The CFP franc is the official currency of French Polynesia, New Caledonia and Wallis and Futuna. The official currency symbol: F. The initials CFP referred to Change franc Pacifique (Pacific Franc Exchange).
In December 1945, the CFP franc was introduced, along with the CFA franc, which is used in Africa. The fragility of the French franc immediately after WWII was the impetus for the introduction of these francs. The French franc was depreciated to set a fixed exchange rate with the US dollar when France signed the Bretton Woods Agreement in December 1945. To avoid the severe devaluation of December 1945, new currencies were introduced throughout the French colonies. The CFP franc, on the other hand, was pegged to the US dollar, which played a significant role in the economy of the French Pacific possessions during World War II. Then in 1949 when the CFP franc was given a fixed exchange rate with the French franc. Since 1967, the IEOM (Institut d’émission d’outre-mer, ‘Overseas Issuing Institute’) has issued the CFP franc. The IEOM’s headquarters are in Paris.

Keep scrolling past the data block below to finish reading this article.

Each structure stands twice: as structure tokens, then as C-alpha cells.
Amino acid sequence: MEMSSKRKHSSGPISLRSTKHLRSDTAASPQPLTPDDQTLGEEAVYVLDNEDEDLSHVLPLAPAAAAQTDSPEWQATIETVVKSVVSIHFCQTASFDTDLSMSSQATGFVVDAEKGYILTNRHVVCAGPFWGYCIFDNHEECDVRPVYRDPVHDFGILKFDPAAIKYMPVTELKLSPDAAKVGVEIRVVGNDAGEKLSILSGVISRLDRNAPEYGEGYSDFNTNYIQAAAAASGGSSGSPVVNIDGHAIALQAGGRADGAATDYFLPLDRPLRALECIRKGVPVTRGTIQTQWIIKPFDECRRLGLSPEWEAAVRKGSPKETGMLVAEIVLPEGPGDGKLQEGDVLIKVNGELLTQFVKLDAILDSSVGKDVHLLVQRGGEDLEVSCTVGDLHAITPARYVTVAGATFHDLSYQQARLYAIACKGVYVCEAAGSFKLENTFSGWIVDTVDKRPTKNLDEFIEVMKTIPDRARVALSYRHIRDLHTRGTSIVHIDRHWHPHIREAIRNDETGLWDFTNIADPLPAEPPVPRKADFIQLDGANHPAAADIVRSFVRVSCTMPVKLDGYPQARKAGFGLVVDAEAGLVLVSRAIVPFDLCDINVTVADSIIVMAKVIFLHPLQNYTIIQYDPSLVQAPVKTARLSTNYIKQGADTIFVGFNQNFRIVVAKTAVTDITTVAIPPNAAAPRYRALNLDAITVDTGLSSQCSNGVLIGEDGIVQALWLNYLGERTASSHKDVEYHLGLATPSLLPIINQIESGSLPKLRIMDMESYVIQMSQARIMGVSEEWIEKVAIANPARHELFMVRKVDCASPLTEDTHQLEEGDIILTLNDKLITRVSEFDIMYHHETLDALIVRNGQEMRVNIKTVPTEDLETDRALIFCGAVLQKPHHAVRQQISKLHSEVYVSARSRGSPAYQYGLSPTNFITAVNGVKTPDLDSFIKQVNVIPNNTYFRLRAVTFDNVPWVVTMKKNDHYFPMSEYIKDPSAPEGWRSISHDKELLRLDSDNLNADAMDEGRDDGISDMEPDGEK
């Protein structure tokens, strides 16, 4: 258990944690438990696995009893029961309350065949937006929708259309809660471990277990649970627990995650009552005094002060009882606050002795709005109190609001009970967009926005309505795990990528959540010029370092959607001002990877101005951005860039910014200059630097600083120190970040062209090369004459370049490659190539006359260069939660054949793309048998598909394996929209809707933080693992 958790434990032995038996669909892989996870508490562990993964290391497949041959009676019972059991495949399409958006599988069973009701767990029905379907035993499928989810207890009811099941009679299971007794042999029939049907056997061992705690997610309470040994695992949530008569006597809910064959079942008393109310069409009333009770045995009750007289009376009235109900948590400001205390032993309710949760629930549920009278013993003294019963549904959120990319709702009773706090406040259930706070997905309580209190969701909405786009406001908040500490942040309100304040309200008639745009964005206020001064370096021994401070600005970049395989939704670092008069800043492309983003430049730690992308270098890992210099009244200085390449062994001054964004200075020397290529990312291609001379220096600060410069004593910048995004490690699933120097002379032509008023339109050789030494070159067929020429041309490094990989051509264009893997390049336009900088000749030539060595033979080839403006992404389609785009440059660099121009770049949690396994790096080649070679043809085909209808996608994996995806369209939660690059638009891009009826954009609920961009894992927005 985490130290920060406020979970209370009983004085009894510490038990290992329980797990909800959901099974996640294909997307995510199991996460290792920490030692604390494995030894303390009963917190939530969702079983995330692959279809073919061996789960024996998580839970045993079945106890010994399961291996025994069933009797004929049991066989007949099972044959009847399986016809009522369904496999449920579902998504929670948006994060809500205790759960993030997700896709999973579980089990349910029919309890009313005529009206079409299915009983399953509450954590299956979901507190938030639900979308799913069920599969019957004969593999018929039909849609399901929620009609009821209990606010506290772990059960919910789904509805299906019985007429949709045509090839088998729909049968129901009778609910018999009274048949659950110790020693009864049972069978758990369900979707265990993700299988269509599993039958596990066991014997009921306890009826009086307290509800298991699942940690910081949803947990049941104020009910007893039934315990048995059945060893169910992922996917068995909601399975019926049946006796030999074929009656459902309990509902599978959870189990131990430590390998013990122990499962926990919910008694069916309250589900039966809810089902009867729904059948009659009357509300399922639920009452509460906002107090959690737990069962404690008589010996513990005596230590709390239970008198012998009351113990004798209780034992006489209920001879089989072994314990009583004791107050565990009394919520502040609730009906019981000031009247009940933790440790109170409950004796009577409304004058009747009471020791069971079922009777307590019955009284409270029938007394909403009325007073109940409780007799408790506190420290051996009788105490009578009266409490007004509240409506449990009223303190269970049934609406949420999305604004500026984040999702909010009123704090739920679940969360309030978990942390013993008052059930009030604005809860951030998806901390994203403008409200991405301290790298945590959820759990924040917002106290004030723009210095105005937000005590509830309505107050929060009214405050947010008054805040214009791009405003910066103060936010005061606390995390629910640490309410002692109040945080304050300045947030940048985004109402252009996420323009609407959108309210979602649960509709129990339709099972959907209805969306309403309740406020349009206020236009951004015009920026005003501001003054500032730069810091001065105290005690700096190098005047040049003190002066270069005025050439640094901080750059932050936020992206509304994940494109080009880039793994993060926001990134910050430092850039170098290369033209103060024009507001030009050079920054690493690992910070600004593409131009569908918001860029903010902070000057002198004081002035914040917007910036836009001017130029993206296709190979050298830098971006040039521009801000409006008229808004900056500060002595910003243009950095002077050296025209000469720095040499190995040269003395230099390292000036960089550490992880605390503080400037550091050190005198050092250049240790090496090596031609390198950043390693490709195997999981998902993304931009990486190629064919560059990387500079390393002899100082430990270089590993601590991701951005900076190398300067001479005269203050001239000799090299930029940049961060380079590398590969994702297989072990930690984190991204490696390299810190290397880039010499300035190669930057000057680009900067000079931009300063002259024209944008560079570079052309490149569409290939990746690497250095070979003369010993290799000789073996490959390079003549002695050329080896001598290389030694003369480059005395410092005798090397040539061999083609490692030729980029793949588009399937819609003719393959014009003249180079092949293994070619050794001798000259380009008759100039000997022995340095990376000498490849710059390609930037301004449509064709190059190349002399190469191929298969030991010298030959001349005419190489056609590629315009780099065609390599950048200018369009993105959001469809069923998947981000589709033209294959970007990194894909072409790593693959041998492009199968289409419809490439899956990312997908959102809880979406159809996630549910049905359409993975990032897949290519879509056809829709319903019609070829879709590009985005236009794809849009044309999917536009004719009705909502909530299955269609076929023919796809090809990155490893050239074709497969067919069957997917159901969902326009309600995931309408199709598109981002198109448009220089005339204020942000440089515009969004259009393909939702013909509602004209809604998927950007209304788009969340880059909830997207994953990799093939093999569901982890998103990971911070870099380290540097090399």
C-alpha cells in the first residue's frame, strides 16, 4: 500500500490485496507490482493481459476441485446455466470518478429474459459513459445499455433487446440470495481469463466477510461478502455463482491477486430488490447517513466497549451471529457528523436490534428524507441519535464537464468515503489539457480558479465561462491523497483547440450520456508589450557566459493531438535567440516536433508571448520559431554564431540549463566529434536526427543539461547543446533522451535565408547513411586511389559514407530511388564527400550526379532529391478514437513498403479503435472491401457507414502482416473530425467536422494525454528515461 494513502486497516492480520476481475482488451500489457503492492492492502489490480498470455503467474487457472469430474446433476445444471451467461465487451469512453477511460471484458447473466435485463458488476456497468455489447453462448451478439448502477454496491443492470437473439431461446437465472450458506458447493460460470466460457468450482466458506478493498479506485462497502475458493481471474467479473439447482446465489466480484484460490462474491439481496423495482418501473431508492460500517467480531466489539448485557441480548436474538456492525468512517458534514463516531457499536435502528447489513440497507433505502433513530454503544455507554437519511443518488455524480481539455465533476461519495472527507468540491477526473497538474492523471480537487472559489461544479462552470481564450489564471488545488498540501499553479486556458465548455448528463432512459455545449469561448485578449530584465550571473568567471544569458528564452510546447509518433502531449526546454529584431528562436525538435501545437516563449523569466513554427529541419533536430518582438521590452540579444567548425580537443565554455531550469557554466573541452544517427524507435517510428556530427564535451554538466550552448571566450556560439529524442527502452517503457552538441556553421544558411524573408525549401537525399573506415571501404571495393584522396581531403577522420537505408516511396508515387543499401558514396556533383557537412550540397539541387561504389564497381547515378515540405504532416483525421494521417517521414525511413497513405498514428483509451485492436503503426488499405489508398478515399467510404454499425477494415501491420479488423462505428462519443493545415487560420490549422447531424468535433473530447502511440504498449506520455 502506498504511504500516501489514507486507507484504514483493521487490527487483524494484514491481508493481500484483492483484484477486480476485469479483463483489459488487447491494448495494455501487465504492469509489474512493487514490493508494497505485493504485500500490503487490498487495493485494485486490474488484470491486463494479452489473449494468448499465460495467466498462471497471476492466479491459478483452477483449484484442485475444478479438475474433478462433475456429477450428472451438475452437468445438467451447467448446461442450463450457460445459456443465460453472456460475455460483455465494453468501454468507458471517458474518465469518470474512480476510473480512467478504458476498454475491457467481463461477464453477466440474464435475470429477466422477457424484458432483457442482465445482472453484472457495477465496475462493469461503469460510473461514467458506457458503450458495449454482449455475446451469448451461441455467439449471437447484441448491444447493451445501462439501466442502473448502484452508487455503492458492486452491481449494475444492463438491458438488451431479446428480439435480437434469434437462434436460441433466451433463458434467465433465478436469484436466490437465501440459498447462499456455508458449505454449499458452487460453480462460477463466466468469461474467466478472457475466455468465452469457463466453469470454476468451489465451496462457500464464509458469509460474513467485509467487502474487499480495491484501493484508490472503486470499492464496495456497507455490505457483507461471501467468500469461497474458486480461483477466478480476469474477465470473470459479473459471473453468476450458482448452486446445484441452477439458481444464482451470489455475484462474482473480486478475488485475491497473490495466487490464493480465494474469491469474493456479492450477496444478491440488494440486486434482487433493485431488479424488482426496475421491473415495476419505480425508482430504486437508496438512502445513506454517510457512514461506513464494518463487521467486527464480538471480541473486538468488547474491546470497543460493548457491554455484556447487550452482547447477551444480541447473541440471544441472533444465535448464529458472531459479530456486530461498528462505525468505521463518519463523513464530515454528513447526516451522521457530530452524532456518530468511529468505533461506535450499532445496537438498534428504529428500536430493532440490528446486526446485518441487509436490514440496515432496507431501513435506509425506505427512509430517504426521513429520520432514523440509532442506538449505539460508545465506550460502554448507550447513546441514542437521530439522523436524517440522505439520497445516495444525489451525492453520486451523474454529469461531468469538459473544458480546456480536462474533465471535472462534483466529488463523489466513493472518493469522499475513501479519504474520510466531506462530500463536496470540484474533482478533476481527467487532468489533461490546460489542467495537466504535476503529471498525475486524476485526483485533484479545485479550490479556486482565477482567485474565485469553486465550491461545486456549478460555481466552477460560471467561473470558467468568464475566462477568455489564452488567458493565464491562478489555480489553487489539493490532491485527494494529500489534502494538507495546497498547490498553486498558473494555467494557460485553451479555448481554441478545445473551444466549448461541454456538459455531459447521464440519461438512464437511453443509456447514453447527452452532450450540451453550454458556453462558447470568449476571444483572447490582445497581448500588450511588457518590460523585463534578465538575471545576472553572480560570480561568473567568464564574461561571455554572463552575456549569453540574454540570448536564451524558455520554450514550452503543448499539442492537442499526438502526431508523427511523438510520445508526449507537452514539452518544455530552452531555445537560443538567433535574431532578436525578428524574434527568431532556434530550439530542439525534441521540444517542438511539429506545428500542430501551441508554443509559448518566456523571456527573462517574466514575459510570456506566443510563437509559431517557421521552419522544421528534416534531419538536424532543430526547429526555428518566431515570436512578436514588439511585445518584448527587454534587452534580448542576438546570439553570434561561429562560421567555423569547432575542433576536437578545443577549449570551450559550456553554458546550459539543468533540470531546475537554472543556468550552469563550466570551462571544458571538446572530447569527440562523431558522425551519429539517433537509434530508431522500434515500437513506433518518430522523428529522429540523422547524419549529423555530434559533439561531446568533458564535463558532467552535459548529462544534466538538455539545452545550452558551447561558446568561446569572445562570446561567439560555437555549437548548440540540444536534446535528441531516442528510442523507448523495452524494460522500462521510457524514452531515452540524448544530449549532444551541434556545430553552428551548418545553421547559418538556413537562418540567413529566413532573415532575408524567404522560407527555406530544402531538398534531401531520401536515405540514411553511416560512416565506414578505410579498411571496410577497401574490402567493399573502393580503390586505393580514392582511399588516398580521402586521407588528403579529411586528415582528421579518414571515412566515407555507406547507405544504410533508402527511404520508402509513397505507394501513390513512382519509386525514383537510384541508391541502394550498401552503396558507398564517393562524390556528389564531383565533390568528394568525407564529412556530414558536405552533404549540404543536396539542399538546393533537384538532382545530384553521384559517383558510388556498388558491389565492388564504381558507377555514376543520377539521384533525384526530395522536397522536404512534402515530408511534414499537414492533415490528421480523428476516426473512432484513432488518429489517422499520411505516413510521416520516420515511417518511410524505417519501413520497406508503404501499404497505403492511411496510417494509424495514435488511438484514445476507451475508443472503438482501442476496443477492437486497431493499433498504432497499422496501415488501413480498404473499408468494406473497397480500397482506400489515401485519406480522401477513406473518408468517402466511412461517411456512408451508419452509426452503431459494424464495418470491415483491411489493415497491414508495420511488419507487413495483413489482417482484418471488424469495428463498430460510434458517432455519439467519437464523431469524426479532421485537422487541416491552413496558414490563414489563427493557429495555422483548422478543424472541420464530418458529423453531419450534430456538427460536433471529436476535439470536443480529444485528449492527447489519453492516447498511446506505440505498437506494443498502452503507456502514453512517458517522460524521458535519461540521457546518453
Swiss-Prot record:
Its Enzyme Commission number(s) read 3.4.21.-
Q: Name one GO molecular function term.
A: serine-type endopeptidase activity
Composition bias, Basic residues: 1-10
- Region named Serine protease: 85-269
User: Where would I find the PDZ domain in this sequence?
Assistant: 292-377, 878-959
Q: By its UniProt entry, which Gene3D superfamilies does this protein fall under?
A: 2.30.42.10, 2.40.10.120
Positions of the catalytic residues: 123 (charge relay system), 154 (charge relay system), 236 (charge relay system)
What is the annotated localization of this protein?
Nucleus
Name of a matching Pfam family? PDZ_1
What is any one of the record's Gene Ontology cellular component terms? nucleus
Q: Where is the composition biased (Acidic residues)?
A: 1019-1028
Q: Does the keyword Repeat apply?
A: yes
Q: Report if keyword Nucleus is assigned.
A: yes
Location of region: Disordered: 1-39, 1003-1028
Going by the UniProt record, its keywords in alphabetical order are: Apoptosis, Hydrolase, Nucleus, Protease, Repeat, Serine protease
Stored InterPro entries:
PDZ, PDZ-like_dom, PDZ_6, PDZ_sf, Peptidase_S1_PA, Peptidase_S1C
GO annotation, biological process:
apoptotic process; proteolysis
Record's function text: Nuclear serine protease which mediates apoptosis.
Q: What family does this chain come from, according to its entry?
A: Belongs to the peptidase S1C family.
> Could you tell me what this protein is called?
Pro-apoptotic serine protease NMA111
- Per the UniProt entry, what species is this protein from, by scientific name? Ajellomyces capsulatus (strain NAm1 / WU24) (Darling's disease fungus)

In 1949, French Polynesia (before French Oceania) introduced the first coins separated into two types: identical obverses and distinct reverses. Both types of coins can be used in all three French territories. Today are circulating coins in denominations of F1, F2, F5, F10, F20, F50, F100.
The 50 French Polynesian centime coin front design features Liberty sitting on the throne, holding a burning torch and a cornucopia with a variety of fruits, the name of the French republic and the date of issue.
The reverse of the coin presents the denomination on an island motif of the French Polynesians that contains some palm trees on the shore of the beach with an island at the end of the horizon, a seashell full of fruits and a sailboat sailing in the sea. This coin is part of the 1965 series, its rim is plain, and its color is silver.
Text: REPUBLIQUE FRANÇAISE G.B.BAZOR 1965, POLYNESIE 50 CMES FRANÇAISE